This report is the second in the Creativity Matters series, a LEGO Foundation publication on the importance of creativity in education systems. The interviews bring together policymakers with first-hand experience of working within government on the reform in question, to offer their diverse reflections, insights, and learnings.
We hope that in some small way – as an advocacy tool, resource or in stimulating debate – this report supports and enables much of the amazing work that is already being done in education systems across the world. We also hope that it inspires others to build, and share, their own creativity reform stories.
– John Goodwin, CEO of the LEGO Foundation
Key Lessons From the Report
- Learning through play is a creative activity. Learning through play enables creativity skills to develop and is a solution to the creativity crisis.
- A learning through play approach is often implicit in the resources and the activities developed by teachers. These examples show a range of ways that teachers incorporated a learning through play approach into the classroom to promote creativity.
- Advocacy to engage and empower stakeholders can help create the political space for education reform to enhance creativity skills.
- Civil society and partner organisations can and should hold a leadership role in this space, helping ensure the sustainability of reform efforts and accountability towards commitments made.
- Governments can’t do this alone.
System change can only be achieved through partnership, and partnerships are a key factor of successful and sustainable reforms.
- This can include partnerships with a range of ministries and from external sectors such as the arts, creative and business sectors, and civil society. These partners can help to co-design new approaches, embed creativity skills in the education system, and demonstrate the role of creativity in society.
- Governments can’t do this alone.
- There is a challenge with a lack of a shared understanding of the term ‘creativity’ which is a barrier to educators fully exploring, discussing and planning for its development in schools.
- In these examples, governments took practical steps to develop a common language and shared understanding of creativity to enable a clear and consistent approach. They needed to commit time and resources to ensure there was buy-in from the range of stakeholders involved – including teachers, ministers and civil servants.
- Organisations such as the OECD can provide the technical support, mandate and systemic focus needed to orient reform.
- International organisations can provide high-level buy-in, reform strategy and process towards delivery, accountability and technical assistance to deliver the reforms needed, even through changes in leadership.
- Teachers are a critical stakeholder of any education reform. It is important to dedicate sufficient time and quality resources to build teachers’ expertise and buy-in around reform.
- Professional development is needed across the teaching spectrum, for example to build an understanding of key concepts, and to ensure teachers are equipped to develop new lessons and to conduct qualitative assessments. Schools will be at different stages of implementation, and will require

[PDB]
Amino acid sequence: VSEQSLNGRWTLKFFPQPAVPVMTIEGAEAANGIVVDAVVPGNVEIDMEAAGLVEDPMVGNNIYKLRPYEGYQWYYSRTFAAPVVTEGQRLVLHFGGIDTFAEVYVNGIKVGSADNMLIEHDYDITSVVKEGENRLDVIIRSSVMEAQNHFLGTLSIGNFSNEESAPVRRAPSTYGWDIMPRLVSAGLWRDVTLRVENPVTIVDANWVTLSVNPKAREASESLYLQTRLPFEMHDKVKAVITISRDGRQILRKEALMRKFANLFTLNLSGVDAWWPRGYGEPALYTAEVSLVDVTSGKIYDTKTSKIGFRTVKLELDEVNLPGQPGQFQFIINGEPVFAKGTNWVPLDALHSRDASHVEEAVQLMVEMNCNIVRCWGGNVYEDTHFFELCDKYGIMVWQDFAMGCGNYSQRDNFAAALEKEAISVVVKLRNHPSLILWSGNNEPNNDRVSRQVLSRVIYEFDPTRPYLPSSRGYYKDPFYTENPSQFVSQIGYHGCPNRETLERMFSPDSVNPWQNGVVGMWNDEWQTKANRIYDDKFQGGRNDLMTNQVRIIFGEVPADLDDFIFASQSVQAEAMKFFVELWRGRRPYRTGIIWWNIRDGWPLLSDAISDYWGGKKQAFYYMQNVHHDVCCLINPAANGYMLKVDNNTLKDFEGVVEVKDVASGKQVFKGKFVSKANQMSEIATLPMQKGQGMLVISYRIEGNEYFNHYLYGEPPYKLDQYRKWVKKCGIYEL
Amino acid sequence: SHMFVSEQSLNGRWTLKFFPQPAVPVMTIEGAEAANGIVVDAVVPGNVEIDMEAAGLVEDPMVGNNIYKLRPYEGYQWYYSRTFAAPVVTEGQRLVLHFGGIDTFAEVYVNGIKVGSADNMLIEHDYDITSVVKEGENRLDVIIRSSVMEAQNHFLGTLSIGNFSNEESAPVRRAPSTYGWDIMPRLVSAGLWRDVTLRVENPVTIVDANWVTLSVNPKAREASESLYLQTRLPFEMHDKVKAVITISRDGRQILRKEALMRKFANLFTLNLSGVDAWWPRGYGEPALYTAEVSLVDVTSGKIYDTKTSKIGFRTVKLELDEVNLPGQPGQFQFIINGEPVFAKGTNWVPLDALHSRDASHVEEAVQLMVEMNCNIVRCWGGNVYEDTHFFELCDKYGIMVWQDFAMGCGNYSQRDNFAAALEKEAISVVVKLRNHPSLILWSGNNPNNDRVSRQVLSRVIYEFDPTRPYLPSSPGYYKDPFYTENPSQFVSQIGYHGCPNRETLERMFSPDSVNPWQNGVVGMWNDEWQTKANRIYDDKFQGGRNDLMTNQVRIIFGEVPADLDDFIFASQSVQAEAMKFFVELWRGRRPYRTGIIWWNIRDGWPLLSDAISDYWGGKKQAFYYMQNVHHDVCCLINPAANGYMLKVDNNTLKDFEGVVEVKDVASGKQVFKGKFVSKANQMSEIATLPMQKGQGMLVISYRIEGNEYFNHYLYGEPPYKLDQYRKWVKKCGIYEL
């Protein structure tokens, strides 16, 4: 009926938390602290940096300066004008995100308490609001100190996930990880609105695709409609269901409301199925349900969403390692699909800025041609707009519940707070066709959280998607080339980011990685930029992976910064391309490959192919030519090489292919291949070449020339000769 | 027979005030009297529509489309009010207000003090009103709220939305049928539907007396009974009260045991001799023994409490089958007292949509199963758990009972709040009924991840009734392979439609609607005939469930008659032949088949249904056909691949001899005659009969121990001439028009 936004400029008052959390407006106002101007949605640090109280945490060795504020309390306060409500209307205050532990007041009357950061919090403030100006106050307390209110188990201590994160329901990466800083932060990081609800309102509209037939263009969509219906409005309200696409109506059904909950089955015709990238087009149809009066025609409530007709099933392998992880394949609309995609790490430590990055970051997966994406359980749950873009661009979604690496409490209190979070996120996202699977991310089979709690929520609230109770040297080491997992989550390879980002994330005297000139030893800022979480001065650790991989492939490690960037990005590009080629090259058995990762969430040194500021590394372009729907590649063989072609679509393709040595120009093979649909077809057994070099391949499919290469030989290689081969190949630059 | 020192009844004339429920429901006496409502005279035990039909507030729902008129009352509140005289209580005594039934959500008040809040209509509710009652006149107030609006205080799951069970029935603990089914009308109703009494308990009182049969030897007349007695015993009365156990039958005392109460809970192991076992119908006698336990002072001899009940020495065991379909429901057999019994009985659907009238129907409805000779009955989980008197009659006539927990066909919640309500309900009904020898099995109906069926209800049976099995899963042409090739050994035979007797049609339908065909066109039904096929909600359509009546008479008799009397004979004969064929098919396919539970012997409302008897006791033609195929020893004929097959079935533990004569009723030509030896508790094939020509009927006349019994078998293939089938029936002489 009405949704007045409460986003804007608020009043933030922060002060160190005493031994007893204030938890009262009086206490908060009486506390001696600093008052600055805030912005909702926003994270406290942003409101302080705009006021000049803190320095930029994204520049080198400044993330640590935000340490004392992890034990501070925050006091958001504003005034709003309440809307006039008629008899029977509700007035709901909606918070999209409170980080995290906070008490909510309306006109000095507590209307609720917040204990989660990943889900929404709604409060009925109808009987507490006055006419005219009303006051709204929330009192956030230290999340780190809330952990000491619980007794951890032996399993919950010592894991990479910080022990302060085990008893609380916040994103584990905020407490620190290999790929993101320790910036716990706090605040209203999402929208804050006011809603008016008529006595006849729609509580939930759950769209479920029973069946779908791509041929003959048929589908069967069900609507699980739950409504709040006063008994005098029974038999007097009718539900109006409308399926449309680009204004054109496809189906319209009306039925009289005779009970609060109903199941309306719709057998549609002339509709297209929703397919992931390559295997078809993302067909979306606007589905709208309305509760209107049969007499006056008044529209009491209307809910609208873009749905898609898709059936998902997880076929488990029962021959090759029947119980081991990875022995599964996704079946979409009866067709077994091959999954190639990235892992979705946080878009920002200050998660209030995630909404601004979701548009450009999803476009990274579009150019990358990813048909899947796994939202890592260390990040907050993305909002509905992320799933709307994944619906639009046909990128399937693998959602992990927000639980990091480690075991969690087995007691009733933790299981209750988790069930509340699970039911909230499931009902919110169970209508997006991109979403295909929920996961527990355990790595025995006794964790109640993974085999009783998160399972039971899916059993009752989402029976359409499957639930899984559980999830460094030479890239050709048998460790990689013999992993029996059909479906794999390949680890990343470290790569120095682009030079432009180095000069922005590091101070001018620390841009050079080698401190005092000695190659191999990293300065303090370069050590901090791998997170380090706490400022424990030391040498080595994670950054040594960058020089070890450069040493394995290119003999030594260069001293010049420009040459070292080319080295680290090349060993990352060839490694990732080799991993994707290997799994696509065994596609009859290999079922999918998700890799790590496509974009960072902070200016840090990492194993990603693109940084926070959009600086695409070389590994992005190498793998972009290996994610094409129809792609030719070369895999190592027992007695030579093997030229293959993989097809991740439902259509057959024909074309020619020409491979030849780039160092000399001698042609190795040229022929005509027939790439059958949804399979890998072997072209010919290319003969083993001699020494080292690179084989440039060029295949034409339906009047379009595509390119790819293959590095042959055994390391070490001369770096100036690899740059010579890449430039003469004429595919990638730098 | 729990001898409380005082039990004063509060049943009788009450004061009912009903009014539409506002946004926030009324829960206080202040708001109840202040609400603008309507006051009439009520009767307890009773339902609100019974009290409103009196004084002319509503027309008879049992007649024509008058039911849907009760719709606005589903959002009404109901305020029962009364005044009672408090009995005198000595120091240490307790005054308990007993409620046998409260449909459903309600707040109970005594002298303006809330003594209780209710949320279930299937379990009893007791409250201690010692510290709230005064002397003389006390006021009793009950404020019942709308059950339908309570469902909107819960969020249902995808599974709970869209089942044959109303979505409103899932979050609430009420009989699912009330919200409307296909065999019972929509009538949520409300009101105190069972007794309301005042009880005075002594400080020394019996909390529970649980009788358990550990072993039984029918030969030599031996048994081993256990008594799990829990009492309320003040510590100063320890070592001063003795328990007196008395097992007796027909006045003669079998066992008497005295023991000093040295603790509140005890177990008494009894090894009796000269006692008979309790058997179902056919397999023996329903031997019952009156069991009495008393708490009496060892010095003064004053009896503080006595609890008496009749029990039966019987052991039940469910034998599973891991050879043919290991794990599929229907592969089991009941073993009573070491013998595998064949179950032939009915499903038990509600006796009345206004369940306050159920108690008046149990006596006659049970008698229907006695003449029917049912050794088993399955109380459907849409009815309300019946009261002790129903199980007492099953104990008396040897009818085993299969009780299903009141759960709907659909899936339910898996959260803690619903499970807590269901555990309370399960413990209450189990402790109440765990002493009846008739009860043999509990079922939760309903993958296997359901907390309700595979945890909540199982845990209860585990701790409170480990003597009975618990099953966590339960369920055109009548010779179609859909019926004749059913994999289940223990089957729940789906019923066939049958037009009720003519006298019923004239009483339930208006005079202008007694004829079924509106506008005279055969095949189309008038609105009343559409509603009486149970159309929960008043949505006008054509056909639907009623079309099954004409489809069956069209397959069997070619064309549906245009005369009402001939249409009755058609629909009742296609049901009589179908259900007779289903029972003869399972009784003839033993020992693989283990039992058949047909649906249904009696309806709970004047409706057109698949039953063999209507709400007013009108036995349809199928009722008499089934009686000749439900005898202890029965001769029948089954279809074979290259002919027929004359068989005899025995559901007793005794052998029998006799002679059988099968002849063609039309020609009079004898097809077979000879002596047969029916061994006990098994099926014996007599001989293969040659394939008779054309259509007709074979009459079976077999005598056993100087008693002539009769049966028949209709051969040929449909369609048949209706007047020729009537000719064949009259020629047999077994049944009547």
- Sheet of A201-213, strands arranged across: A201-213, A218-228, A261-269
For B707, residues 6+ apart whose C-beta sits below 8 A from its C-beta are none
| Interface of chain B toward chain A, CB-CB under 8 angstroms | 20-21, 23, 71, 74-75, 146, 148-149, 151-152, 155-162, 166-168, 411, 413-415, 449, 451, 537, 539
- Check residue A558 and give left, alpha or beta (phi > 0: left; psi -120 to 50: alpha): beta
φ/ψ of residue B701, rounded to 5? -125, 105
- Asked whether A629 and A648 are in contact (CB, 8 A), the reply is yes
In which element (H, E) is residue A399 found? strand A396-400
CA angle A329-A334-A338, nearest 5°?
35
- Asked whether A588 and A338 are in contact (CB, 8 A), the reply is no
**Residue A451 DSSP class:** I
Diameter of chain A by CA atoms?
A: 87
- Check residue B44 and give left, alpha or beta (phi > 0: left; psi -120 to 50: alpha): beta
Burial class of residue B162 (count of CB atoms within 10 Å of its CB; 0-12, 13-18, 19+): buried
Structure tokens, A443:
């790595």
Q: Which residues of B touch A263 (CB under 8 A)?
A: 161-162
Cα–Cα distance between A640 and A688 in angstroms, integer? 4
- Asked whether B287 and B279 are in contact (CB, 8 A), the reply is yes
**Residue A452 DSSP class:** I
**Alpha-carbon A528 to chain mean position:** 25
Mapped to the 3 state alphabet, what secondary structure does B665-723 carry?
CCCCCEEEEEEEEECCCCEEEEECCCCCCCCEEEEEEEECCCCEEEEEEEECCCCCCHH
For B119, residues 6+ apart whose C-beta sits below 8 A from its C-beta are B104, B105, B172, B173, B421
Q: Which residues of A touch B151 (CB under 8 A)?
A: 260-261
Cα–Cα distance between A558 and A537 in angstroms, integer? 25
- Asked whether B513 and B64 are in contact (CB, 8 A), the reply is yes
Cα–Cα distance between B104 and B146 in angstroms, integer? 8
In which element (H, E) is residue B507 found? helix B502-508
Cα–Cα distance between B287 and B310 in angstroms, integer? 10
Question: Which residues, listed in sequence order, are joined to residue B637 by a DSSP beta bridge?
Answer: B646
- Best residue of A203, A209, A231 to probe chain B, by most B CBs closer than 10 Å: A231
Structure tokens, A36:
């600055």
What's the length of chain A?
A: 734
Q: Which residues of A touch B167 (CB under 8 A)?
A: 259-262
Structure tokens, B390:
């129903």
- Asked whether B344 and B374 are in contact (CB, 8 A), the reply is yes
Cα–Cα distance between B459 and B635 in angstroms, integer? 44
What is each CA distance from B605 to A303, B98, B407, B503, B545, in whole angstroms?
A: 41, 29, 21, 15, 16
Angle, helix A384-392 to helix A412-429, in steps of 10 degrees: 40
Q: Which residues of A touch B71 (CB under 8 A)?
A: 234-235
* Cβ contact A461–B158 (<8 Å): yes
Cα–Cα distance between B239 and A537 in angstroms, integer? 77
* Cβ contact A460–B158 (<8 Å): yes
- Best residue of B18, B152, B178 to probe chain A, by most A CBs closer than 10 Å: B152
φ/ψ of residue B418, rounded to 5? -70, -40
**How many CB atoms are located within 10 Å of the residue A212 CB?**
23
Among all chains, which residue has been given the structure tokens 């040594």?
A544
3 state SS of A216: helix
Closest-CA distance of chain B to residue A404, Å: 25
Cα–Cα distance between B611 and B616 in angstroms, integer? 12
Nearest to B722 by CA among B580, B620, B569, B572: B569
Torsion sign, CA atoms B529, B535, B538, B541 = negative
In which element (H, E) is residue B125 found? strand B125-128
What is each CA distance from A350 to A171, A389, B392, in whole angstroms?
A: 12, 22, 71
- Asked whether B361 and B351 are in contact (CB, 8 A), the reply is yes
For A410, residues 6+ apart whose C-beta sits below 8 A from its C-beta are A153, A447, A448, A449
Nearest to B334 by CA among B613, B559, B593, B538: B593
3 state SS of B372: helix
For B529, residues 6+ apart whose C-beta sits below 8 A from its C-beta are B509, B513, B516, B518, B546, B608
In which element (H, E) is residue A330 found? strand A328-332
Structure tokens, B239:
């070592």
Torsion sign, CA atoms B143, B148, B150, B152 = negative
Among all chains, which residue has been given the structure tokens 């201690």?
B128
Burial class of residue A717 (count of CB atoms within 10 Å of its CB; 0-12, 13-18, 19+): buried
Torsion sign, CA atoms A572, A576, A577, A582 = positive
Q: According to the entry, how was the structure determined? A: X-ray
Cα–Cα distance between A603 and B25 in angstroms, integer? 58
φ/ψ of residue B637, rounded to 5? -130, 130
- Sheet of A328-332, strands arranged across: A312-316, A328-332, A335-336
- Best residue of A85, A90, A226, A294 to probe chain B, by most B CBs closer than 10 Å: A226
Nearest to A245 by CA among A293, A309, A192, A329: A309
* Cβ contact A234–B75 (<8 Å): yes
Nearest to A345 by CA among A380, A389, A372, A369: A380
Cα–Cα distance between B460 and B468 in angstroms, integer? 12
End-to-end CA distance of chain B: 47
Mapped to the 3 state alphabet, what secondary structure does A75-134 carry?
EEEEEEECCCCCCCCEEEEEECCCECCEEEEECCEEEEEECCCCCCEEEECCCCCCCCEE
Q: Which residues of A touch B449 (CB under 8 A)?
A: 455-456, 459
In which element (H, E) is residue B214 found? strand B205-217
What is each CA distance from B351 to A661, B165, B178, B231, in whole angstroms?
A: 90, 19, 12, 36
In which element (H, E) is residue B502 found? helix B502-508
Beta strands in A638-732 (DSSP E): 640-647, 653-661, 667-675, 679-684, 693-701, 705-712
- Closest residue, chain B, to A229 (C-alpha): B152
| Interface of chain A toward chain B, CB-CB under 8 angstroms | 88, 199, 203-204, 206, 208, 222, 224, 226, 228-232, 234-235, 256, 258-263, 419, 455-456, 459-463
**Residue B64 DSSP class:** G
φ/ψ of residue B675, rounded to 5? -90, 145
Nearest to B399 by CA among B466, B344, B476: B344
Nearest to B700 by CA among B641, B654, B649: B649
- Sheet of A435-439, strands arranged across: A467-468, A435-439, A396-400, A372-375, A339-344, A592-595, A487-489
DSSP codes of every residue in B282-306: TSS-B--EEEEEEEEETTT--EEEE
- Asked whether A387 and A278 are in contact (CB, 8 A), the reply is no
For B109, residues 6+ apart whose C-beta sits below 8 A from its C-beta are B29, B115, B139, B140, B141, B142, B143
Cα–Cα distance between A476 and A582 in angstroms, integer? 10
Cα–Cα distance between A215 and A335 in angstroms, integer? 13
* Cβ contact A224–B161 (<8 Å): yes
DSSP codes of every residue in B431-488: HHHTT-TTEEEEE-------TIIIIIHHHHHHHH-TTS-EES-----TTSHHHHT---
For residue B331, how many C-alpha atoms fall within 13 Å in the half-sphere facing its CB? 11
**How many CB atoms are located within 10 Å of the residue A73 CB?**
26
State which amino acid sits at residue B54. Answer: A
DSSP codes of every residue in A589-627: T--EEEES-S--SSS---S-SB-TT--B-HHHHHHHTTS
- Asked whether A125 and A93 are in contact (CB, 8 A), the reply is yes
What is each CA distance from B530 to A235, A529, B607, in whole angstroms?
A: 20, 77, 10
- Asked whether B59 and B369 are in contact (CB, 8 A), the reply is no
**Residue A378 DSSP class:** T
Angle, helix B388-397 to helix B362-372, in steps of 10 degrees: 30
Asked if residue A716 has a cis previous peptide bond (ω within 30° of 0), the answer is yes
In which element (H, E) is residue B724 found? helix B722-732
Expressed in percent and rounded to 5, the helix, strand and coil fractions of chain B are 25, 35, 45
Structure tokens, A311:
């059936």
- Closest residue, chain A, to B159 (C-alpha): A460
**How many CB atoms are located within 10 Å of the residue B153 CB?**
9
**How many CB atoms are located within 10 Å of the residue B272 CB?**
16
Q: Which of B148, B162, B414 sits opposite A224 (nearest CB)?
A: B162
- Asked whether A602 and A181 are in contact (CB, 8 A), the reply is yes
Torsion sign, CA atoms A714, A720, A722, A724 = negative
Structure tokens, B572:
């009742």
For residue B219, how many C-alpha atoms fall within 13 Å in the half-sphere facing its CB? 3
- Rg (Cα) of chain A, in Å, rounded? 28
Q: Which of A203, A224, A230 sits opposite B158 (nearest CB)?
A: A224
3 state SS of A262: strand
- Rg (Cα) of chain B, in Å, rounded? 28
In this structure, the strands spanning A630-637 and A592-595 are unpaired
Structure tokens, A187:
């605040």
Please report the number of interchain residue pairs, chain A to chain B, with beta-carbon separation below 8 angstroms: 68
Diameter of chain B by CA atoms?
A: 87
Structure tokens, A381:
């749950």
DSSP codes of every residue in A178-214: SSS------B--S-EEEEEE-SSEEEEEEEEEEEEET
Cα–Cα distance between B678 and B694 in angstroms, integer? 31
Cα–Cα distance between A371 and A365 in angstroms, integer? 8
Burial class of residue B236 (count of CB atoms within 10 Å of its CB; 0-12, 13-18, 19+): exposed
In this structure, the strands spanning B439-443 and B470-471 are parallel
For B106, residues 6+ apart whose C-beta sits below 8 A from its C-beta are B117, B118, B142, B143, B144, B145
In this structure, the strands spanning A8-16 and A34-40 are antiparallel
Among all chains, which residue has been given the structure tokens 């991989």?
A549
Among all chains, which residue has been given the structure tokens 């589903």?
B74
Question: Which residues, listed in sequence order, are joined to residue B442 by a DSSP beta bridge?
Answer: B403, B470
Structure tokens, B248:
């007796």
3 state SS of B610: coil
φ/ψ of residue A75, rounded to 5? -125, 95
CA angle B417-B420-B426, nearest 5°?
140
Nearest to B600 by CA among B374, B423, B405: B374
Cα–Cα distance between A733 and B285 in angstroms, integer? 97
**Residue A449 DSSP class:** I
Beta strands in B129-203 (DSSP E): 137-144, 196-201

different levels and types of support.
- Providing a clear curriculum where creative skill development is explicitly incorporated, is essential to support teachers to plan, teach, monitor and assess the learning achievements of students. It also enables students to understand the required knowledge and skills that they are working towards.
- These examples highlight that education systems often provide a clear curriculum framework from which schools and teachers have flexibility to be innovative and creative in the way they implement the curriculum and design lessons.
- Education reform is often in response to country and global analysis that shows that creativity is one of the top skills needed by employers, particularly as nations look towards the needs of the 21st-century labour market. Governments can draw insights from business and civil society to learn more about these needs and to support their reform efforts.
- Creativity is equally important for children’s well-being, to help them to be inspired, to understand the meaning of learning outside exams, and for a prosperous future.
- A whole-school approach can raise quality and standards across the entire school and enable sustainable change.
- A whole-school approach is cohesive, collective and collaborative action in and by a school community that has been strategically constructed to improve student learning, behaviour and well-being, and the conditions that support these.
- Assessment is an important step to ensure that creativity skills are recognised, articulated and valued and as an important tool to promote learning and to support any education reform. Assessment should be pupil focused and include a range of assessment tools that practitioners are trained to use. Education systems should use a range of formative and qualitative assessments and these should be linked to entrance into higher education pathway requirements, such as university or vocational training.
- It is important to recognise that the impact of any reform to enhance creativity skills is likely to be a long-term task. Assessing too early, assessing the wrong types of criteria or developing the wrong measures and indicators are likely to result in negative results.